While under the command of Huggins, PRIMROSE IV sailed in the 1924 Bermuda Race and took second in her class.
      Then she was sold to Frederick Ames, who cruised in the schooner to Labrador a year later and in 1927 sailed her across to England for the Fastnet Race. She was the first American yacht to compete in this rugged event, and she did well, finishing second on corrected time. The heavy weather during that race forced many contestants, including the hard-driven British cutter JOLIE BRISE, to heave-to, but PRIMROSE IV carried on under reduced canvas. Her crew discussed heaving-to, but as yachting reporter Alfred R. Loomis put it, "their discussion outlasted the gale." Ames sailed the schooner back home by way of Iceland, Labrador, and Cape Breton Island, and it was for this 58-day passage, carefully prepared and competently carried out, that he was awarded the Blue Water Medal.
PRIMROSE IV, right of center,
at Thorshaven, 18 May 1928,
en route home to US.

Photo by Acme, N.Y.
Original from the archives of S. P. H. S.©
      The bald-headed rig permits easy handling, although one might be concerned about lack of sail area when racing in light airs. Of course, the schooner was not designed for typical round-the-buoys racing; she was intended for rough waters and strong winds. In contrast with some of Alden's later gaff-rigged schooners, PRIMROSE IV's foresail is fairly small, which facilitates lying to in very heavy weather. During her worst mid-Atlantic gale, the schooner lay-to very successfully under reefed foresail and backed jumbo.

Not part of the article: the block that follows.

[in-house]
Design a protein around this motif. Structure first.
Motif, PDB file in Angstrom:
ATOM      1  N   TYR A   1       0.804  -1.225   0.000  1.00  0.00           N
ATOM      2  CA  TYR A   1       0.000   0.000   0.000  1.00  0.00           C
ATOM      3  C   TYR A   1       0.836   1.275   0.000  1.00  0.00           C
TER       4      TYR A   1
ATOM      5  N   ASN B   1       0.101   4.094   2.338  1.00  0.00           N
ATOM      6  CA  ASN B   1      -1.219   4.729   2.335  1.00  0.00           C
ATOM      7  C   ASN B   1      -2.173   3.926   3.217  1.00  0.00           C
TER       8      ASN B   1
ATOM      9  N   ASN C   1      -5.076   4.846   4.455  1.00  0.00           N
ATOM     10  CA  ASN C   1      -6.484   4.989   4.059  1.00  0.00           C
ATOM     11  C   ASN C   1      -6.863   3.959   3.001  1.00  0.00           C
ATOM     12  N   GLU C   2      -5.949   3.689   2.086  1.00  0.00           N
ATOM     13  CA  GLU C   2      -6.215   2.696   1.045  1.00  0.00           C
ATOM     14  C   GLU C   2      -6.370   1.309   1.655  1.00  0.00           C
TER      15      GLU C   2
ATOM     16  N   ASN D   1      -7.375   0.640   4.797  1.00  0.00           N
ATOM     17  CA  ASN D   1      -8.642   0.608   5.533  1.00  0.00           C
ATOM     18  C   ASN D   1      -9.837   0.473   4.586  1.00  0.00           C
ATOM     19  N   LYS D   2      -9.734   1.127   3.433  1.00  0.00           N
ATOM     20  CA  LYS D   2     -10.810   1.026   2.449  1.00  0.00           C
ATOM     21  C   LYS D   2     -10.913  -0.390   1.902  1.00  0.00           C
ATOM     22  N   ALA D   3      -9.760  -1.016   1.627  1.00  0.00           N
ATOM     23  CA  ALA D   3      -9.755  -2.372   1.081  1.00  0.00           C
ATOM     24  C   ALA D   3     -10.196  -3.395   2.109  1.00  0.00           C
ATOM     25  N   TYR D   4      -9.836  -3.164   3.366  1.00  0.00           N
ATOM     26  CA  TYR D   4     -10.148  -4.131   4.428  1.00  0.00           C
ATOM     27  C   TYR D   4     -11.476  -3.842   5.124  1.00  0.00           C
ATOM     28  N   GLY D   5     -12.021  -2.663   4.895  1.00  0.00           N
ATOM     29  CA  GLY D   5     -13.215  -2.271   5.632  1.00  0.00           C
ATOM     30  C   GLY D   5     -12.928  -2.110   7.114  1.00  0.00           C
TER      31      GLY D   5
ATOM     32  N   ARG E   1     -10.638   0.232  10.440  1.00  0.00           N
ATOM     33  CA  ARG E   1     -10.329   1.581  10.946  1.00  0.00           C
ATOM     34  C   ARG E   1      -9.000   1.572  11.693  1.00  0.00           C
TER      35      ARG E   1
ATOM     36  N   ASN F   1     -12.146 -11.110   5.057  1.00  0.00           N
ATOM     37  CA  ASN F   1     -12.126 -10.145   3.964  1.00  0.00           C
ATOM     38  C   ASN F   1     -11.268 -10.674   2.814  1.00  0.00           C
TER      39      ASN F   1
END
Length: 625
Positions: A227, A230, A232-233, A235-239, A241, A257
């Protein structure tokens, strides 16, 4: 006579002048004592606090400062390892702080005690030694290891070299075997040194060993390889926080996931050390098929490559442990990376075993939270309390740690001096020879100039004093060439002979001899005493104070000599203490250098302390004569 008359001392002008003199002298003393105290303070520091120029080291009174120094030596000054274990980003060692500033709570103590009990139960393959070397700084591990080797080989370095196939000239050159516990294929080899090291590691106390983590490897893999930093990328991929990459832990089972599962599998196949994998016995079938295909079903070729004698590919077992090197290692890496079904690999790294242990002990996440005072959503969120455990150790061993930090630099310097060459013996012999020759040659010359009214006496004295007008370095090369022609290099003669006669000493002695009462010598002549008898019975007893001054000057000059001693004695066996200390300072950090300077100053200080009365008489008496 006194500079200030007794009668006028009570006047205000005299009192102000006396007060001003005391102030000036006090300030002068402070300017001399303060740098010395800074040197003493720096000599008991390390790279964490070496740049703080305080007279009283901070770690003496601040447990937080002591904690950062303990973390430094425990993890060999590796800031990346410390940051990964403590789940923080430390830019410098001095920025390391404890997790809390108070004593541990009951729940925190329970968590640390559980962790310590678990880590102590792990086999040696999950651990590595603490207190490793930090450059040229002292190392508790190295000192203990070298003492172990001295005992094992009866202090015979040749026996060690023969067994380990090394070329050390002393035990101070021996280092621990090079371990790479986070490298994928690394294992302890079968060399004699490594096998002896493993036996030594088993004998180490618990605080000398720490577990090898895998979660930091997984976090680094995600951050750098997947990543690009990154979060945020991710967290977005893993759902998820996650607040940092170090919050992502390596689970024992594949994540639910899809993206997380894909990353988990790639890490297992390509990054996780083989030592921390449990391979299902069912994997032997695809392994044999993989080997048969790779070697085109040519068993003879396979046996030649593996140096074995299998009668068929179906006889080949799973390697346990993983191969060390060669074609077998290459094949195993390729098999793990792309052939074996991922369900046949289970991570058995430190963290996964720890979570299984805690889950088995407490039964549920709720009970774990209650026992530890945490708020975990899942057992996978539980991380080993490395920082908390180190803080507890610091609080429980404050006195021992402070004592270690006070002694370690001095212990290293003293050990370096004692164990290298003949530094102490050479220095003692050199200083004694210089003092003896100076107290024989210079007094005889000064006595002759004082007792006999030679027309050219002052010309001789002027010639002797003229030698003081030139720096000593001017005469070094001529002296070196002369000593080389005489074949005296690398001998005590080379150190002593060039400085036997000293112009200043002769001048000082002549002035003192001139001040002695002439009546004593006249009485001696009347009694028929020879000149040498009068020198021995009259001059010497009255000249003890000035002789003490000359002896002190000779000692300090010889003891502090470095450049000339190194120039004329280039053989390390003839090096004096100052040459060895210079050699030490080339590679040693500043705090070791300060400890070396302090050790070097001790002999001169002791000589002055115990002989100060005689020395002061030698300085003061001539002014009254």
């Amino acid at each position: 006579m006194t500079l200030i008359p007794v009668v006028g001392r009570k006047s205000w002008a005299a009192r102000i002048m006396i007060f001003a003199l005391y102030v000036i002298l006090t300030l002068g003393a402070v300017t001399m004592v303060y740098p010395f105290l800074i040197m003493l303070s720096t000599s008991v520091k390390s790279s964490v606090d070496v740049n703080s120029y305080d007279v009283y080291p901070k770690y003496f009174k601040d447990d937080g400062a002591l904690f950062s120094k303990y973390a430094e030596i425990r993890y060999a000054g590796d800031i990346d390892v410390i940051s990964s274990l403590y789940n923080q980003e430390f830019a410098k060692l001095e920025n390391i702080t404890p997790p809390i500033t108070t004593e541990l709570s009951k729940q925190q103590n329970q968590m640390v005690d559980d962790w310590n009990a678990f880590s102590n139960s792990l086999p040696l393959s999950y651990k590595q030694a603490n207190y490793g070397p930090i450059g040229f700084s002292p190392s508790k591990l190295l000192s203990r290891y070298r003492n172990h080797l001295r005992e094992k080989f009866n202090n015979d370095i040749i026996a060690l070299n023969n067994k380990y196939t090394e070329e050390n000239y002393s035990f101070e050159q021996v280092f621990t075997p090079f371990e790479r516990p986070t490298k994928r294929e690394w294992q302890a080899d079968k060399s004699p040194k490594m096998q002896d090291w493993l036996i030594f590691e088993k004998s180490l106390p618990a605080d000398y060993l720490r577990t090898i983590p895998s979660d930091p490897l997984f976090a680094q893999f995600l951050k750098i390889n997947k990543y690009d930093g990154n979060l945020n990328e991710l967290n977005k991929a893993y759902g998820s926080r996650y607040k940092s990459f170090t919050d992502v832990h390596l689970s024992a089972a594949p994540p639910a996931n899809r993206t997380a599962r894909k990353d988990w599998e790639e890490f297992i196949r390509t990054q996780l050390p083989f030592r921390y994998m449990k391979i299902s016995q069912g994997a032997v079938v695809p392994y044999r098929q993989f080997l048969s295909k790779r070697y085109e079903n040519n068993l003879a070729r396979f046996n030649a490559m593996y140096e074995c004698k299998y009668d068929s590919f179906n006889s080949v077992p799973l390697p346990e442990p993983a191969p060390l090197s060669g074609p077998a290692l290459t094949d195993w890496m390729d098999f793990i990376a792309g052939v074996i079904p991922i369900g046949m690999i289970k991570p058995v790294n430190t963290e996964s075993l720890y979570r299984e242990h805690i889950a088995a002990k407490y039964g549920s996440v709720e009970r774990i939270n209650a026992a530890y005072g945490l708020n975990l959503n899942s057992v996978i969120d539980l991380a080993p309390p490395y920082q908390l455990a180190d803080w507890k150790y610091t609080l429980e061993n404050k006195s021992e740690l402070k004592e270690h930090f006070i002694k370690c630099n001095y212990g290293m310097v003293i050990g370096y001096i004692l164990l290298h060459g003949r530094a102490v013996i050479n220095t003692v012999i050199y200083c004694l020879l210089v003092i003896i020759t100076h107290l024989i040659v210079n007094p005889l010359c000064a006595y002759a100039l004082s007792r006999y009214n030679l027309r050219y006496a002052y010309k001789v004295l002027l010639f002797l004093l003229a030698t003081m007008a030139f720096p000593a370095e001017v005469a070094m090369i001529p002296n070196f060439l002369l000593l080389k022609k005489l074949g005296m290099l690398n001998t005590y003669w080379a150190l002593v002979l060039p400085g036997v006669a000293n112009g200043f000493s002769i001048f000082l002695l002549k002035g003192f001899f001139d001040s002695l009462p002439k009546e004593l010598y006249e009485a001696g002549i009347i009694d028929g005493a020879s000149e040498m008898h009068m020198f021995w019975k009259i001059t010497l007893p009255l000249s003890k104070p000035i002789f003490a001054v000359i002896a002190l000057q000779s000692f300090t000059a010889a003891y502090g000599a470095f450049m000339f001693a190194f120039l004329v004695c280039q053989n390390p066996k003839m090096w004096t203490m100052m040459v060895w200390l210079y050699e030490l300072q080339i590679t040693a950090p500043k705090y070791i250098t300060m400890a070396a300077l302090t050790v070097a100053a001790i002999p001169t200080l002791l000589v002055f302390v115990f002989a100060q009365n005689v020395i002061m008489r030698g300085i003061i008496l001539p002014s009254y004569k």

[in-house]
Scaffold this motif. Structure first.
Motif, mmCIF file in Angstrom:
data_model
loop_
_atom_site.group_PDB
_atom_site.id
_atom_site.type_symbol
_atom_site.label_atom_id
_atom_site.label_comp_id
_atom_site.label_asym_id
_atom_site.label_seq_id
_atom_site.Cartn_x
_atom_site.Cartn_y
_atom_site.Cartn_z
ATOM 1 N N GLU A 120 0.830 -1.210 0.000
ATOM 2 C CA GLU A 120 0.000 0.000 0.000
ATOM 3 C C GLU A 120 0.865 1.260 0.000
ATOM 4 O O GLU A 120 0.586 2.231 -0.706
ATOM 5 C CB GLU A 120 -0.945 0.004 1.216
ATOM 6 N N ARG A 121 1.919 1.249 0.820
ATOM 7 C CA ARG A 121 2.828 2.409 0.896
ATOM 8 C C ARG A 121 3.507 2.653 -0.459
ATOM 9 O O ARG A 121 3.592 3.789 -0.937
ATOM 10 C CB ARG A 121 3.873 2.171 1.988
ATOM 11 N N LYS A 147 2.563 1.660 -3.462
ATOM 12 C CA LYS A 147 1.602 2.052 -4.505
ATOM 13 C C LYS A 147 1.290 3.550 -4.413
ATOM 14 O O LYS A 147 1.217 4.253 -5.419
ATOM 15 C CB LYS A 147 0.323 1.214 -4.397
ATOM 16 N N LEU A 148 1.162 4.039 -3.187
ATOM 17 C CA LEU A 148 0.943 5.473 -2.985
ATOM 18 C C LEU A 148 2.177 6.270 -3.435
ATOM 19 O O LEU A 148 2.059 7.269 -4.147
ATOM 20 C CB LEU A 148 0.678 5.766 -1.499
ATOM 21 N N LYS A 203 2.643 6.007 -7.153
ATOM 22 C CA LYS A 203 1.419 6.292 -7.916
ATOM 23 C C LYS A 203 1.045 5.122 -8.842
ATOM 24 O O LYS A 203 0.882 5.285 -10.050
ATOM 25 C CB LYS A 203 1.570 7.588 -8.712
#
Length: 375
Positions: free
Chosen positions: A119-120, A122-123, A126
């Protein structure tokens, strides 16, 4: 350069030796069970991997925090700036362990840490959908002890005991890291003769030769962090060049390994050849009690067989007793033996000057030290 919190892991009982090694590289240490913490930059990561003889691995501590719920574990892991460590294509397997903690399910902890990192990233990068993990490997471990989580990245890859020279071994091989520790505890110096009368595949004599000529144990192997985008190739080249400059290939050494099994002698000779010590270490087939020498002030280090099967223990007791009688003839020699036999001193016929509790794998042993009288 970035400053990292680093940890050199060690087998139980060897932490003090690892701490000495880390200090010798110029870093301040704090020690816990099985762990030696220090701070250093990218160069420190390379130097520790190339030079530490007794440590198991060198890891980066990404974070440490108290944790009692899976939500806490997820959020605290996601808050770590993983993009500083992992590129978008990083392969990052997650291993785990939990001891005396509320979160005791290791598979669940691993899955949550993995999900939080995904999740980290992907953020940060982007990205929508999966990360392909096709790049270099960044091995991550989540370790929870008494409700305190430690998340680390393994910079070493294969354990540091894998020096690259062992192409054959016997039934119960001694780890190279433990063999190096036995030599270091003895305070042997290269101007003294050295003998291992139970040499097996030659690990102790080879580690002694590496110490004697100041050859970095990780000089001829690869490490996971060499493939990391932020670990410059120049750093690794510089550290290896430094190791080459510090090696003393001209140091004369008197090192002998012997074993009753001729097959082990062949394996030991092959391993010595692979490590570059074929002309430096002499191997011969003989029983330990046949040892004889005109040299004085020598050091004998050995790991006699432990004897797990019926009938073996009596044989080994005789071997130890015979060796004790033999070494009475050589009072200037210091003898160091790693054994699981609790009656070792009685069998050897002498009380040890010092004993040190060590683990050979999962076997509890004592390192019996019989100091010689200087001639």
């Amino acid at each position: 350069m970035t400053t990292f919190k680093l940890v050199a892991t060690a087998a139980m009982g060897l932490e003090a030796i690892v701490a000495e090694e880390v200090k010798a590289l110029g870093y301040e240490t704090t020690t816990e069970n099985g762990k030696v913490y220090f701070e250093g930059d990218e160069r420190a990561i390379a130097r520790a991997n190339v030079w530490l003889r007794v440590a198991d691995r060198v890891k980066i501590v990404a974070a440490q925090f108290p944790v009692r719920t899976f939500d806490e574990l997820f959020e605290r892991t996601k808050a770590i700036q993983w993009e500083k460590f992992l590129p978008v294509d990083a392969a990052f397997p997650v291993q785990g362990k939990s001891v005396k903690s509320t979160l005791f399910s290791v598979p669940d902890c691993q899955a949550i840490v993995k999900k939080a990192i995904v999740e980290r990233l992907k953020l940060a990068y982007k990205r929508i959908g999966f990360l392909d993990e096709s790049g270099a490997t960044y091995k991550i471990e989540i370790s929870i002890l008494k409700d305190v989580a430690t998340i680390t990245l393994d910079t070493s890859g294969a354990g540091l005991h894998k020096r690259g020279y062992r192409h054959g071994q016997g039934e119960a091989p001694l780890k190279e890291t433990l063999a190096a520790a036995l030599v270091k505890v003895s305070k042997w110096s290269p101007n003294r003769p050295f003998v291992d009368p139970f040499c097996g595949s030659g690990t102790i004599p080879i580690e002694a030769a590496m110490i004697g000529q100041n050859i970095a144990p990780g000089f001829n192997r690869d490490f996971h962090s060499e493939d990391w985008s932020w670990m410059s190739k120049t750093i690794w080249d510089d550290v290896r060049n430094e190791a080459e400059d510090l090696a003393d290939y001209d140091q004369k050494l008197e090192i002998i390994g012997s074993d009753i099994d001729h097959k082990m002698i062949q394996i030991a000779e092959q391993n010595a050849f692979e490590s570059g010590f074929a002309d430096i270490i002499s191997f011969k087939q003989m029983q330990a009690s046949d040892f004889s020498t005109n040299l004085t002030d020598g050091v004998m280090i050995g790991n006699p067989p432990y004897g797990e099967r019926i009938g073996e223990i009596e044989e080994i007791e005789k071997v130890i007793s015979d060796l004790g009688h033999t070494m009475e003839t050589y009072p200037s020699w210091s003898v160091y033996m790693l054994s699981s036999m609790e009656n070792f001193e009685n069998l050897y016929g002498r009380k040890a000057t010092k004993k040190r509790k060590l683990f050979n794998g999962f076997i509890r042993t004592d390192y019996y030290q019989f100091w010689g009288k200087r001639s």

The arrangements below follows the typical plan used during the days of professional crew, when it was customary to place the galley between the fo'c's'le and the saloon. The owner's cabin aft has its own toilet room, and there is another at the after end of the saloon, with a head for the crew forward. The companionways are off-center on the starboard side, so it might be desirable to heave to on the starboard tack.
      Yachting historian John Parkinson, Jr., has written that Frederick Ames was not only a fearless sailor but also a daring stunt flier whose life was cut short by an airplane accident. No doubt Ame's cruising exploits were considered daring too, but they were carried out with careful seamanship and in almost the safest boat that a yachtsman of that day could ask for."
Text and drawing from John G. Alden and his Yacht Designs, by Robert W. Carrick and Richard Henderson;
published in Camden, ME by International Marine Publishing Co.

More photos coming.